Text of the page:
- click Add Ingression Rules
You can use the following ansible playbook I prepared to setup PostgreSQL or
you can use it as a reference and manually set up the database. There are also plethora of online resources to help you.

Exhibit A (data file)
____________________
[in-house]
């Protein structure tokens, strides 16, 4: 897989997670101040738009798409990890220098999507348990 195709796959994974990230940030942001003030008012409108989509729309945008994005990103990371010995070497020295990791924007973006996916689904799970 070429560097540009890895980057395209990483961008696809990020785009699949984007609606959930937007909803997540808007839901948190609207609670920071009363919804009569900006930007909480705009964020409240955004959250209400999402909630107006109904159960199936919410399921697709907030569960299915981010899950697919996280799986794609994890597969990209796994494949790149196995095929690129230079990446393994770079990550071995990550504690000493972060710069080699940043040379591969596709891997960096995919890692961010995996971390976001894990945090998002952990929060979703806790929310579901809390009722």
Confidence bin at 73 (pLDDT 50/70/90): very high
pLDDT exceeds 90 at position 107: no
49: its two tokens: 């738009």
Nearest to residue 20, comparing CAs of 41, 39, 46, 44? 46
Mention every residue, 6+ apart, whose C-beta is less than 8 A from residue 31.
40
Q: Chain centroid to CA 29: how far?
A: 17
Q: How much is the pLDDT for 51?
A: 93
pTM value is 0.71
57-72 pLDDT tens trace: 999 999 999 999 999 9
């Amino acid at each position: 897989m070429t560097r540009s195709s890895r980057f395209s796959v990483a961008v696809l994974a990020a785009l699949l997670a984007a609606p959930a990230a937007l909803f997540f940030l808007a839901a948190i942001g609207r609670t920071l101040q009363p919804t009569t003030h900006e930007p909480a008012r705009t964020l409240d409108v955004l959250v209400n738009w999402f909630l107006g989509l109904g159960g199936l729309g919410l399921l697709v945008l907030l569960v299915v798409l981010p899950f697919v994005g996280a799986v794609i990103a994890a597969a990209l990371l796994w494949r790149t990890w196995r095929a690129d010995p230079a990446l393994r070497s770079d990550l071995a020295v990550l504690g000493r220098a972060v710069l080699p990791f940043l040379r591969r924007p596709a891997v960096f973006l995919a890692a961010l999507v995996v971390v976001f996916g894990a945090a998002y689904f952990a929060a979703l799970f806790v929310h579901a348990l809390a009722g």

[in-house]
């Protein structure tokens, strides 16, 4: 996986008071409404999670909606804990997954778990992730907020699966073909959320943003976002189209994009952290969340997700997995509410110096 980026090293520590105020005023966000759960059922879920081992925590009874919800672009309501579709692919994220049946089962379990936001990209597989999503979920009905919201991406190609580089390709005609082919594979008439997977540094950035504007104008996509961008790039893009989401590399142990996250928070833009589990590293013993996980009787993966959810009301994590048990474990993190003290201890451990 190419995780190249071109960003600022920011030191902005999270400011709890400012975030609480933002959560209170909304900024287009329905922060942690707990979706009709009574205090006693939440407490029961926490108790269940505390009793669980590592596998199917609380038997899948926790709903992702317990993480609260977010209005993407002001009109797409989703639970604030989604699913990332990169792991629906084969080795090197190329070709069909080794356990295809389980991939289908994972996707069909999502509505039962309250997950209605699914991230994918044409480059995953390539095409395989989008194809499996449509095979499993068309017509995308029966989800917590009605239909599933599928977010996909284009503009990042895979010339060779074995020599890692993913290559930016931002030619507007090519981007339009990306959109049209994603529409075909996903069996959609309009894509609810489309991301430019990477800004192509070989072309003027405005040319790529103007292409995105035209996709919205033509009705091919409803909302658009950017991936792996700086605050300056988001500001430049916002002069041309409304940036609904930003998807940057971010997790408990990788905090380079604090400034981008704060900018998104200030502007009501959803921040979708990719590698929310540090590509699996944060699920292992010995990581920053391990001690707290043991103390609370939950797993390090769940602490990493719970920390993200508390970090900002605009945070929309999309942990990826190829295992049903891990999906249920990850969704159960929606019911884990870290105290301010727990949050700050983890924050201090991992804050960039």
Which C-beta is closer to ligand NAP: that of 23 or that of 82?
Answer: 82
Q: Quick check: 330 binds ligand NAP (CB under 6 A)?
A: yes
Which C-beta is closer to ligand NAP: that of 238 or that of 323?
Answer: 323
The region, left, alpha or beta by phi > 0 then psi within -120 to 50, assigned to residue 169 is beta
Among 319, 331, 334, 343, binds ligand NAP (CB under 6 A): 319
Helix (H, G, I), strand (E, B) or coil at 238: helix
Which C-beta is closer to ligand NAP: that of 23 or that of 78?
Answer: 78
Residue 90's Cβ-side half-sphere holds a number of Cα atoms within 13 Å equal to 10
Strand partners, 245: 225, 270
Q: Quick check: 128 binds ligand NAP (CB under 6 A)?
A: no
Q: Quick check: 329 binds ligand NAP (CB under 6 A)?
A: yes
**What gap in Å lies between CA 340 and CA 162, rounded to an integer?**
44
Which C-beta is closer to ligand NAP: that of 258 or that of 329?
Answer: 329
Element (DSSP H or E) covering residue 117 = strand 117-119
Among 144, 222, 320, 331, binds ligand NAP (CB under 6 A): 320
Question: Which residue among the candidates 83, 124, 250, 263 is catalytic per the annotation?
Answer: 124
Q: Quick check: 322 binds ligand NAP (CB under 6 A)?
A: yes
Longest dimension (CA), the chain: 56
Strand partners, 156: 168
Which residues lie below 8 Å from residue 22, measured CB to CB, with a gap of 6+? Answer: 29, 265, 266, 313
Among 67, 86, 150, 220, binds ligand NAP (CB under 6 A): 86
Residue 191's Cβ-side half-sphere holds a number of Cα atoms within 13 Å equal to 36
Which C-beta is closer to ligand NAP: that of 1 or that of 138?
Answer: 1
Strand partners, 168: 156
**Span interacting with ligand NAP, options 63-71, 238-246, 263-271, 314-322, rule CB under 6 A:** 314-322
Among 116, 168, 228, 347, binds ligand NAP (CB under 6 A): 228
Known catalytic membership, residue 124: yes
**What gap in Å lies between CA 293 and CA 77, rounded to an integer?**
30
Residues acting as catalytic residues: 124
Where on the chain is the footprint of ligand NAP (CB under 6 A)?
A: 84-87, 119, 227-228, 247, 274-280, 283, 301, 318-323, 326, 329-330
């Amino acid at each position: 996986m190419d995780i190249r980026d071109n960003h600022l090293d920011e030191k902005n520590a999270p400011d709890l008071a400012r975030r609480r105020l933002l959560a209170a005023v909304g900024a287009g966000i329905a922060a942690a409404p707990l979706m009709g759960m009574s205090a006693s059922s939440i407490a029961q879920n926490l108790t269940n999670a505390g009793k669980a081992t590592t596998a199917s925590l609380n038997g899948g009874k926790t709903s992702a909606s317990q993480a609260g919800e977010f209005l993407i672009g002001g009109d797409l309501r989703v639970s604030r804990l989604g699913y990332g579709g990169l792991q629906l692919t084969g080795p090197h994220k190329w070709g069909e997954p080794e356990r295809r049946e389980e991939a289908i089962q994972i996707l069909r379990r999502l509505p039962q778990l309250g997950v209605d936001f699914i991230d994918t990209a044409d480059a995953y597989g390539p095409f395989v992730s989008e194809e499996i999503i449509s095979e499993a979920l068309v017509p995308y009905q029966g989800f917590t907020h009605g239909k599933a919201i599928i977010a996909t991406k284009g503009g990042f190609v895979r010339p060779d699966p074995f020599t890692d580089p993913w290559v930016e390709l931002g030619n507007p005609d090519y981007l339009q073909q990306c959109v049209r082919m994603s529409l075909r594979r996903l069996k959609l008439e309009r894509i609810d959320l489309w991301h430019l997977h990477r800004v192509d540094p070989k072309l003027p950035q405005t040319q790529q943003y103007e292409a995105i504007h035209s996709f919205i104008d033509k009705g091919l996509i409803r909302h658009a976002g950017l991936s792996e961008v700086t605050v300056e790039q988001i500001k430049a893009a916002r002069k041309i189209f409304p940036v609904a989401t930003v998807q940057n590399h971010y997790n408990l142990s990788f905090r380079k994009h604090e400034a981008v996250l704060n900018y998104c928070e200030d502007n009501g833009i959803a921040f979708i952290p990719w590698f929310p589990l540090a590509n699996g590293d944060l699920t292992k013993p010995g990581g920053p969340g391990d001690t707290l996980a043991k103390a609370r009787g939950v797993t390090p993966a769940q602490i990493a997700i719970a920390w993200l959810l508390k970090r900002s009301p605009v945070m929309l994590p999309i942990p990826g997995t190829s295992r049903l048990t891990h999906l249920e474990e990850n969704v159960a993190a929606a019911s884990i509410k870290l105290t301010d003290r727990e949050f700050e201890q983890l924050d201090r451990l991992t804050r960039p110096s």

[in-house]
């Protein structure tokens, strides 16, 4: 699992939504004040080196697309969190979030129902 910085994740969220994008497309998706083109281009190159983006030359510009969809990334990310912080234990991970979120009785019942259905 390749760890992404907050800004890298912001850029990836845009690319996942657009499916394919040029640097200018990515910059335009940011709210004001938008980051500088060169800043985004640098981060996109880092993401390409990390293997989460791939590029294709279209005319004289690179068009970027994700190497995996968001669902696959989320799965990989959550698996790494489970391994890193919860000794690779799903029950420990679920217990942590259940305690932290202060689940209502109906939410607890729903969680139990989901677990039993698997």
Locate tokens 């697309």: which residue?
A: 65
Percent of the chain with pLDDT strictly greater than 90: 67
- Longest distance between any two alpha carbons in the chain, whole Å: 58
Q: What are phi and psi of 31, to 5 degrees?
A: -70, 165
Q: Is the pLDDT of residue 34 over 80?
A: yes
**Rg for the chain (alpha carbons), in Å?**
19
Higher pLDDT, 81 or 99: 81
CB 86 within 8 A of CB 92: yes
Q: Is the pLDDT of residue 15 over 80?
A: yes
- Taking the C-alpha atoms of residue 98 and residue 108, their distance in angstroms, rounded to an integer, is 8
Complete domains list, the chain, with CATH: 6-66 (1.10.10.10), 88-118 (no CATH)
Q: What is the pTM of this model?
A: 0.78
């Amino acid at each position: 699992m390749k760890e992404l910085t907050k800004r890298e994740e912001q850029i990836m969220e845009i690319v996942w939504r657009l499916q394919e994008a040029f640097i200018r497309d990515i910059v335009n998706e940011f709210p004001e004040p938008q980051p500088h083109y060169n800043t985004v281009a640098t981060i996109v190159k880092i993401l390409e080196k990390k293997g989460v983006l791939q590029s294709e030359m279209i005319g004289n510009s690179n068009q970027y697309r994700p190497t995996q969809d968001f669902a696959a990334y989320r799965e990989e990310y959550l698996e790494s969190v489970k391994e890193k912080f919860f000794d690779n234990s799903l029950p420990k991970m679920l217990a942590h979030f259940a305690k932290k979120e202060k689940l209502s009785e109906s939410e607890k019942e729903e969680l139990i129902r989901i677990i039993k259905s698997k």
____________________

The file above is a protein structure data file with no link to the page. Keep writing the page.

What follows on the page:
- hosts: pgsql name: setup and configure postgresql-13 become: true gather_facts: no pre_tasks: - name: install pg 13 script: /path/to/your/install_pg13.sh - apt: name: pip state: present - name: Make sure psycopg2 is installed pip: name: psycopg2 state: present tasks: - name: Temporarily trust user postgres community.postgresql.postgresql_pg_hba: dest: /etc/postgresql/13/main/pg_hba.conf contype: local users: postgres databases: all method: trust state: present - name: Create db postgresql_db: login_user: postgres name: strapi - name: Create user and grant permission community.postgresql.postgresql_user: db: strapi name: strapi-user password: "secret123" priv: "CONNECT/ALL" - name: Change db owner community.postgresql.postgresql_owner: db: strapi new_owner: strapi-user - name: Enable client in host-based authentication (HBA) community.postgresql.postgresql_pg_hba: dest: /etc/postgresql/13/main/pg_hba.conf contype: host users: strapi-user source: 0.0.0.0/0 databases: strapi method: md5 state: present - name: Revoke trust from user postgres community.postgresql.postgresql_pg_hba: dest: /etc/postgresql/13/main/pg_hba.conf contype: local users: postgres databases: all method: trust state: absent - name: Accept connection from to all network interfaces lineinfile: path: /etc/postgresql/13/main/postgresql.conf regexp: '# listen_addresses' line: "listen_addresses = '*'" - name: Restart postgresql-13 service command: cmd: service postgresql restart register: result - name: Notify debug: var: result verbosity: 2 # This is where I got stuck for a good 1 hour # adding the port to security list of subnet is not enough. # Any port need to be added to the iptables before the last rule as well. # I wish Oracle document this point more conspicuously # Here is the SO thread that pointed me to the right direction. # https://stackoverflow.com/questions/5479421 opening-port-80-on-oracle-cloud-infrastructure-compute-node - name: Allow connections on TCP port 5432 ansible.builtin.iptables: chain: INPUT protocol: tcp destination_port: 5432 jump: ACCEPT action: insert # the last rule reject everything so we need to add before it rule_num: 6 comment: Accept new postgres connections.